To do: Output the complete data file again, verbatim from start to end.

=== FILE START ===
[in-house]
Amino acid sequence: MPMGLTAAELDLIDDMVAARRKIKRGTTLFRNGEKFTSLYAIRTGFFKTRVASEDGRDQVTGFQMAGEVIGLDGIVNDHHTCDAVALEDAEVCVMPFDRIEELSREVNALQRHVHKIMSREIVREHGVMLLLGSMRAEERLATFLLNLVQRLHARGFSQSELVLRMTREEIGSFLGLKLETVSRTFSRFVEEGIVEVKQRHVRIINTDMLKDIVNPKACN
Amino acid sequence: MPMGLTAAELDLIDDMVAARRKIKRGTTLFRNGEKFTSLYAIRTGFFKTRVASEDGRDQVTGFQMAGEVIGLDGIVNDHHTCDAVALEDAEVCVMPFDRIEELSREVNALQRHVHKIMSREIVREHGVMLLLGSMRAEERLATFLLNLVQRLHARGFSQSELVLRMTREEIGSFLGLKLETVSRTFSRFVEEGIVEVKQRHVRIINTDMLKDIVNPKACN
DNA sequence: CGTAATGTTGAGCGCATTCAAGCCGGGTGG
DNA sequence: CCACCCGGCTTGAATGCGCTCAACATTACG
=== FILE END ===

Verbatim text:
[in-house]
Amino acid sequence: MPMGLTAAELDLIDDMVAARRKIKRGTTLFRNGEKFTSLYAIRTGFFKTRVASEDGRDQVTGFQMAGEVIGLDGIVNDHHTCDAVALEDAEVCVMPFDRIEELSREVNALQRHVHKIMSREIVREHGVMLLLGSMRAEERLATFLLNLVQRLHARGFSQSELVLRMTREEIGSFLGLKLETVSRTFSRFVEEGIVEVKQRHVRIINTDMLKDIVNPKACN
Amino acid sequence: MPMGLTAAELDLIDDMVAARRKIKRGTTLFRNGEKFTSLYAIRTGFFKTRVASEDGRDQVTGFQMAGEVIGLDGIVNDHHTCDAVALEDAEVCVMPFDRIEELSREVNALQRHVHKIMSREIVREHGVMLLLGSMRAEERLATFLLNLVQRLHARGFSQSELVLRMTREEIGSFLGLKLETVSRTFSRFVEEGIVEVKQRHVRIINTDMLKDIVNPKACN
DNA sequence: CGTAATGTTGAGCGCATTCAAGCCGGGTGG
DNA sequence: CCACCCGGCTTGAATGCGCTCAACATTACG